Tag Archives: gardening

These are a few of our favourite things…

Hello lovely people,

We thought you would find it interesting to provide a more detailed picture of some of the plants we care for and include in our garden schemes, so here’s the first of our specimen-focused blogs for this year.

Plant focus: Cornus

  • Cornus is a genus of about 30–60 species of woody plants in the family cornaceae. It is a small to medium broadleaf deciduous shrub with reddish stems and clusters of umbrella-like white flowers that turn to dark berries.

The Cornus or as it’s commonly known as, Dogwood, is a staple feature of many a GreenArt garden scheme. In the summer months when it’s in full leaf it provides a useful backdrop to more showy flowering plants or grasses.

To be honest, from late Spring to Autumn, the dogwood isn’t really anything to shout about. However, by late Autumn, the Cornus comes into its own, bringing much needed colour to otherwise bare beds and borders.

I think my all-time favourite dogwood is the midwinter fire or Cornus sanguinea ‘Midwinter Fire’. And it is not difficult to see how it got its name.

In this scheme at a property that we care for every week, the foliage of these closely packed specimens blends into the green of the orchard pasture to the rear of the border for most of the year, but on a crisp Winter morning the bed is positively ablaze with its bare fiery stems. It really is worth dedicating some space to this shrub if you can.

The origin of the common name ‘dogwood’ comes from the smooth straight twigs, which used to be used to make butchers’ skewers. Skewers used to be called ‘dags’ or ‘dogs’, so the name actually means ‘skewer wood’.

Red Osier Dogwood (Cornus sericea) is prized by basketweavers for the bright burgundy-red bark of its branches which can be harvested for use in weaving.

Whether you fancy growing it to use for weaving or are looking for something to brighten up those beds in the winter months, I can’t recommend the Cornus enough. It is a relatively easy care shrub which makes a great addition to most garden schemes and is also wildlife-friendly too! The leaves are eaten by the caterpillars of some moths, including the case-bearer moth, the flowers are visited by insects and the berries are eaten by many mammals and birds.

As for pruning, if you want to retain a stunning Winter show, then you can cut back the shrub to the ground every Spring. Alternatively, you can keep the structure and thin out the eldest stems by a third. And if you give them a feed and mulch, you should see new stems developing, amidst the foliage, in the summer.

If don’t prune these shrubs, you will notice that the branches thicken and the colour transforms to a dull grey/brown bark. The good news is, that even if you’ve got an overgrown Cornus that hasn’t been pruned for a number of years, then it is still possible to renovate so you can enjoy the colourful stems in the Winter next year.

If you’re not sure where to start with this job, then why not give us a call and we can come over and get you started. Once it is cut back to a more manageable size, it will become much easier to prune the following Spring.

Alternatively, if you are looking to source great Cornus specimens to add to your scheme, that’s something we can also help you with, through our quality suppliers.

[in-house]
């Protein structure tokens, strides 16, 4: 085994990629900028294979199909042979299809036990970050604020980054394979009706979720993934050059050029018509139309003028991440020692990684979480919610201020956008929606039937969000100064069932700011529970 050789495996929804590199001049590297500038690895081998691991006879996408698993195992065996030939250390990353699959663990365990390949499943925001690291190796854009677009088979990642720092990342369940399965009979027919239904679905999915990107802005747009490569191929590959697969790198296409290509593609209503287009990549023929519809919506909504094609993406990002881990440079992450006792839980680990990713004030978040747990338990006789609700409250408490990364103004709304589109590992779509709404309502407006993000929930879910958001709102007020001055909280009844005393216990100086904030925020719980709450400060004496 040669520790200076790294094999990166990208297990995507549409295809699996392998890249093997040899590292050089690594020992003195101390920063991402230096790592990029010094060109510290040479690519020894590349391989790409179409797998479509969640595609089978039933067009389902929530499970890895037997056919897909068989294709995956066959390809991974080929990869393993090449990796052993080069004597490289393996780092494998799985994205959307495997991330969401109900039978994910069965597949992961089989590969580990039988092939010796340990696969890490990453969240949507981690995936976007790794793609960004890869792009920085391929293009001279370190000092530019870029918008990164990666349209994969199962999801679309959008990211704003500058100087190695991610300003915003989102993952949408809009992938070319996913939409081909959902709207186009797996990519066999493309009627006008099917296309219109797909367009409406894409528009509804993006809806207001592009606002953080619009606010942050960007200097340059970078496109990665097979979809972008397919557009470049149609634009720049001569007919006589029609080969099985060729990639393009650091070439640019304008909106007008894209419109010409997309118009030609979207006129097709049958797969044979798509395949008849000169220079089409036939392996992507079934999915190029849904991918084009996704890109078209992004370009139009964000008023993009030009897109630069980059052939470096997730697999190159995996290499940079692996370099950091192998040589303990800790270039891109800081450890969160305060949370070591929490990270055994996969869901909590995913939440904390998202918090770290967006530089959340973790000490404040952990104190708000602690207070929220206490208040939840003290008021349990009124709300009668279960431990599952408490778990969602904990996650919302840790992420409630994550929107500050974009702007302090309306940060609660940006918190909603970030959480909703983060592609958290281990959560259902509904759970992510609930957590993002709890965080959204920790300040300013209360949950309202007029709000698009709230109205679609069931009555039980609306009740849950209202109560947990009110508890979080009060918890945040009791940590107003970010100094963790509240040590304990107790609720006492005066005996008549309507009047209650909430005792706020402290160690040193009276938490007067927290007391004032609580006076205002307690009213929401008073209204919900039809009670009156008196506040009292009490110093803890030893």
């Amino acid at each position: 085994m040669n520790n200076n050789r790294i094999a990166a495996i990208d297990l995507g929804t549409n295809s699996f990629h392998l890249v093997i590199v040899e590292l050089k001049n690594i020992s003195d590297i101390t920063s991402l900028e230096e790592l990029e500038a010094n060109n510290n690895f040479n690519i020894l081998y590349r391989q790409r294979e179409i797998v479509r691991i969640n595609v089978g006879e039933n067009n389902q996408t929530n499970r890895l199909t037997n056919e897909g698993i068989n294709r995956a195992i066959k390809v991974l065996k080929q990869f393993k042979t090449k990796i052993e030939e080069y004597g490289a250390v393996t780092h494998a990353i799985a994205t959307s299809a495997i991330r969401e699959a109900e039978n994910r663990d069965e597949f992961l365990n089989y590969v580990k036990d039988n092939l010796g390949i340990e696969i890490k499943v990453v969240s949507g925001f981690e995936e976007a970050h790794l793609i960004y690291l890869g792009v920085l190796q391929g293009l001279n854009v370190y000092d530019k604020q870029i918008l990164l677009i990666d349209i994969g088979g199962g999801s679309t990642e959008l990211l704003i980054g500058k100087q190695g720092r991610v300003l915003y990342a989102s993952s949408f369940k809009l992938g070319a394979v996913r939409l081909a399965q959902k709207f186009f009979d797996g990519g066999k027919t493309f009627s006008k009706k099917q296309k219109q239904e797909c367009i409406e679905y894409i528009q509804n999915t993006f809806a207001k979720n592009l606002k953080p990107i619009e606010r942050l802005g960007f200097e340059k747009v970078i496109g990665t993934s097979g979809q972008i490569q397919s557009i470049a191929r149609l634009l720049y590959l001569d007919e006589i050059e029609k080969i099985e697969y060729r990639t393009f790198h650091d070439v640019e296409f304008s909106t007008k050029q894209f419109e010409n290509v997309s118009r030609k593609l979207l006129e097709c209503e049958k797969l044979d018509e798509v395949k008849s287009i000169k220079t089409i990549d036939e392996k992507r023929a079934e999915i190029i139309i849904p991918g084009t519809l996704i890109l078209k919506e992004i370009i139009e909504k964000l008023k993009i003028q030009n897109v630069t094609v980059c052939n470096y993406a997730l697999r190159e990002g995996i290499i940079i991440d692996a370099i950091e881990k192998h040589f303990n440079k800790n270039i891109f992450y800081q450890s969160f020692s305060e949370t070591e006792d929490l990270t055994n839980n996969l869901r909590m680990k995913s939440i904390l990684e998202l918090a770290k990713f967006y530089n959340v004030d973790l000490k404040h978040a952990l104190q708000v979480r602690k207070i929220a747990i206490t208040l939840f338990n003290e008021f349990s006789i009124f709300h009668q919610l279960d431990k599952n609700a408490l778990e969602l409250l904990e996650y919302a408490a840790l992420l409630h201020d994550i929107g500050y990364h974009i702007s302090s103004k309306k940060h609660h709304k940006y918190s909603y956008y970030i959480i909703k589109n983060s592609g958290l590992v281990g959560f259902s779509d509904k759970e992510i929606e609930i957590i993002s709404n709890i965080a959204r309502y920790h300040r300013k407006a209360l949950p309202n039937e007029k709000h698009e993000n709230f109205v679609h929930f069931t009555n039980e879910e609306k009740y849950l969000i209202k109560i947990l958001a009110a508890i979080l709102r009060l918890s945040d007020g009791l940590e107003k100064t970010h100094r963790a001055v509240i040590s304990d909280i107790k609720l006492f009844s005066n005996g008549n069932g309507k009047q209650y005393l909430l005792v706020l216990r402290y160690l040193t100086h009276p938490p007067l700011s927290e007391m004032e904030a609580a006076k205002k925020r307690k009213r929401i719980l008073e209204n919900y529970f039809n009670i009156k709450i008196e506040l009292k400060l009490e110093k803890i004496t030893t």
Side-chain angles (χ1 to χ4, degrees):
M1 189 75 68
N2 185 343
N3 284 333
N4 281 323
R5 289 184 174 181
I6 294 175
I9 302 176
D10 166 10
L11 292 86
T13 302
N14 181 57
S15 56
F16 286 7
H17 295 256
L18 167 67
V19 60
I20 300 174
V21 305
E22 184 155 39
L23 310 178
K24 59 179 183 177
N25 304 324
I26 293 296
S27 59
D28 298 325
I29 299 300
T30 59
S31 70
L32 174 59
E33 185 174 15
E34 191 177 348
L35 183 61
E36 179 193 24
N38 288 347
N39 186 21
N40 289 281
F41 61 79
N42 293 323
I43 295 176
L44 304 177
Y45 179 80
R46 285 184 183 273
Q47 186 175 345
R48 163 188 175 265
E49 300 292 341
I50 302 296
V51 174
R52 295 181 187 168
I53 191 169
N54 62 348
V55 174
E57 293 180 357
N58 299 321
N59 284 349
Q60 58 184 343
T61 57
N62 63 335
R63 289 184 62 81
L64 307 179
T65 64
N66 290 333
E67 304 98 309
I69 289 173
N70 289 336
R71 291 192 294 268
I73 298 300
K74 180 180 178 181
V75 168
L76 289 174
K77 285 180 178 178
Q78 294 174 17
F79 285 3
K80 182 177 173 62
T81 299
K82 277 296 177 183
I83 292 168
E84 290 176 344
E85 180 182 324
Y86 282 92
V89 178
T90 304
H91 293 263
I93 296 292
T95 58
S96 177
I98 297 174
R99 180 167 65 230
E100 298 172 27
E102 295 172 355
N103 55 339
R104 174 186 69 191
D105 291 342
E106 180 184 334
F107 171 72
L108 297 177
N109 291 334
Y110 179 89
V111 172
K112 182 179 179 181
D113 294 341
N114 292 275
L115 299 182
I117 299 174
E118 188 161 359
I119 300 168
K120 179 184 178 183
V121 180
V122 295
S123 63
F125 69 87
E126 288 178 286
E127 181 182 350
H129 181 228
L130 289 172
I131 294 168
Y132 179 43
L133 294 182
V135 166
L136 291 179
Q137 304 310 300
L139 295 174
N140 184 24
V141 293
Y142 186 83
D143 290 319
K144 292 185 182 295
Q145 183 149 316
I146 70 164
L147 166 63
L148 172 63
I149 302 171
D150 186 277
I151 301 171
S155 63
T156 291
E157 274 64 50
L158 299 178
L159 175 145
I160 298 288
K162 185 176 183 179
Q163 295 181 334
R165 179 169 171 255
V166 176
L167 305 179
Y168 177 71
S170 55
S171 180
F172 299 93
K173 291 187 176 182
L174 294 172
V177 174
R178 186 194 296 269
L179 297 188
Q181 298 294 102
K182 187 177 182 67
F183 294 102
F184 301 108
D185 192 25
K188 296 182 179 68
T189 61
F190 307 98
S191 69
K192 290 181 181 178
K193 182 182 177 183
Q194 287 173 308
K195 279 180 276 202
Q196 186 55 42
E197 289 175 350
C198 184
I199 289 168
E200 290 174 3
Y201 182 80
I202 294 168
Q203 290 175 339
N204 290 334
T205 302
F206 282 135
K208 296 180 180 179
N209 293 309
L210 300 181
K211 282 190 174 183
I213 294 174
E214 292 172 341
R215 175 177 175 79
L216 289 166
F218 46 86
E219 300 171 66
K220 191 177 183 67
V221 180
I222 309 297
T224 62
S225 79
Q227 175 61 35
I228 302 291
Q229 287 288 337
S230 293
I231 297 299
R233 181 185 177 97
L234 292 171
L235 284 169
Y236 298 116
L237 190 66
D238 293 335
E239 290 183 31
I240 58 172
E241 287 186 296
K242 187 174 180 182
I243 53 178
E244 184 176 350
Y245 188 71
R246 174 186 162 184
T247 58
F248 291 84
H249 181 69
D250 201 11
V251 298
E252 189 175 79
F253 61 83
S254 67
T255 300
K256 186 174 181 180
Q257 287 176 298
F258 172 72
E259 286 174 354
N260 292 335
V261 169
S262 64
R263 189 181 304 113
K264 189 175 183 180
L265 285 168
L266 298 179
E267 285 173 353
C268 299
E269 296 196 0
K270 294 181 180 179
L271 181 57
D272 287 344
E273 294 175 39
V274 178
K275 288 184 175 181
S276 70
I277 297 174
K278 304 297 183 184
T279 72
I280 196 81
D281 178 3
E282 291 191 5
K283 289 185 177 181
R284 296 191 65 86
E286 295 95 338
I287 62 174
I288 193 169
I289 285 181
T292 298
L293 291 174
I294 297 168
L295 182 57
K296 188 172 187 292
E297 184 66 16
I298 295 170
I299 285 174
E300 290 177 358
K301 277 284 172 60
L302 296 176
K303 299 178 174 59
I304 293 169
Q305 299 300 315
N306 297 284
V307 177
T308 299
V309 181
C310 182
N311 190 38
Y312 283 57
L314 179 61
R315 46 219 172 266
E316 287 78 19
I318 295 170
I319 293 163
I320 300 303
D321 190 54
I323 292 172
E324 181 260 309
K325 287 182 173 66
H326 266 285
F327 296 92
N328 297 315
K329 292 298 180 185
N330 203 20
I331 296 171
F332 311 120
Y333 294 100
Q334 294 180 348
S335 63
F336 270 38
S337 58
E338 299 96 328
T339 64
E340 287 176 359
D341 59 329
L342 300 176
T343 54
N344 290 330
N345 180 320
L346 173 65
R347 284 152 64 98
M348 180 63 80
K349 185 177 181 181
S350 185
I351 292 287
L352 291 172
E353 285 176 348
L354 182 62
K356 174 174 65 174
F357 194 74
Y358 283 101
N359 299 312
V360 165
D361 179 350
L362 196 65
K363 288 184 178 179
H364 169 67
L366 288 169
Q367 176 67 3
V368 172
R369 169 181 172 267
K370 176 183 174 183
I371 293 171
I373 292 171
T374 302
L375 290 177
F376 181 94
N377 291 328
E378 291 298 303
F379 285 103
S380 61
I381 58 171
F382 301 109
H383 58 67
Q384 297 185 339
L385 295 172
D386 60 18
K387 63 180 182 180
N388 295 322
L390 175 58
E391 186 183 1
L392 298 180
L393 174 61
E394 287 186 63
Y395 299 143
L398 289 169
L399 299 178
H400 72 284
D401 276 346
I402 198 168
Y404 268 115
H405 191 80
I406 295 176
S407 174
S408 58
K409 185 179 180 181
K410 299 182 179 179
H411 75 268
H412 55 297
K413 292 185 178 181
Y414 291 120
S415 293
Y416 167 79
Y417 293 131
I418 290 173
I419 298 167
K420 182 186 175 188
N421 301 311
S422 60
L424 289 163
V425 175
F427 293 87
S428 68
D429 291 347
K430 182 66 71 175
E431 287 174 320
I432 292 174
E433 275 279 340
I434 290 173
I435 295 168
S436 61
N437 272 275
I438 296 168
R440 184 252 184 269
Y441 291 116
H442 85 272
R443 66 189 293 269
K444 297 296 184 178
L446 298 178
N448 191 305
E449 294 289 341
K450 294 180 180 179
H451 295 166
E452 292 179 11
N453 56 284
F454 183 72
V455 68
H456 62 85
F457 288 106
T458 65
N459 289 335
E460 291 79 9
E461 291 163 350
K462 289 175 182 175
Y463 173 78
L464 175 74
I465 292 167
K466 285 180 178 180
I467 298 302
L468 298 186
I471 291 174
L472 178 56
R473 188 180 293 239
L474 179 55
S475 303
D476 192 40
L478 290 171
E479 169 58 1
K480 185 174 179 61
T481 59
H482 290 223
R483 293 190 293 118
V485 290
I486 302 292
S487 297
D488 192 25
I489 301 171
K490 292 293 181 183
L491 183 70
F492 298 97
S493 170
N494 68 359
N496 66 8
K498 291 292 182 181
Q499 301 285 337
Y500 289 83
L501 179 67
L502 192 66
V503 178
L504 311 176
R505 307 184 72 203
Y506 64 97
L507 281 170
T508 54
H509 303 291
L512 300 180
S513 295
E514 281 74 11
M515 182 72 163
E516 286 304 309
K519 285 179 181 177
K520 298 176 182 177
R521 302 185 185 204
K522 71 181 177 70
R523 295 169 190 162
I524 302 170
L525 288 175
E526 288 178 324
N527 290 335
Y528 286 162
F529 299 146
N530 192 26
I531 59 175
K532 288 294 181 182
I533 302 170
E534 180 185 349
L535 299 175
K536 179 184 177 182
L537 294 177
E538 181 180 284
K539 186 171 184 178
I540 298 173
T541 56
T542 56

Happy Gardening folks,
Jenny

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We at GreenArt can provide help at any level

From planning a wildlife garden, building hides, constructing ponds and streams, creating paths and planting trees and shrubs.

Winter is coming. Spare a thought for the wildlife in your garden.

A few weeks ago, Tim and I were planting up a mixed hedge of pretty-much full-size trees to replace a Leylandii hedge for a lovely couple in Benson. When the client was explaining the reason behind the job, Tim and I stood aghast; the hedge (belonging to the neighbouring property) had been removed without warning by developers who were building new houses in the field next door. Our client had literally walked out into his garden one morning to find he no longer had a 20ft hedge screening his garden from the neighbouring field.

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The grass is always greener – or is it?

Over 10 years ago, the RHS noted the impact of climatic change on our lawns in their Encyclopedia of Gardening (2007). This year we have seen temperatures soar to dramatic highs and are no doubt still seeing the impact on the grassed areas in our gardens.

Whilst a lush green lawn may be the aim, you may be surprised to read that it is really important to give established lawns little or no water during drought periods. Lawns will turn brown during a drought and it would be easy to assume they had died. However, did you know that many lawn grasses go into a dormant phase during extreme heat and when it does rain again, as you are probably noticing, most lawns will recover well?

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A rose by any other name…

When I had the idea for this blog, it was just after the first flush of summer blooms covered the rose bushes, and now in some places, we are onto our third flush of blooms, which doesn’t look set to finish any time soon. I have to confess that rose care is probably my favourite gardening task. I am also not ashamed to admit that it is rare that I can walk past a rose in bloom, without sinking my nose into its petals to inhale the heady perfume. Is it just me?

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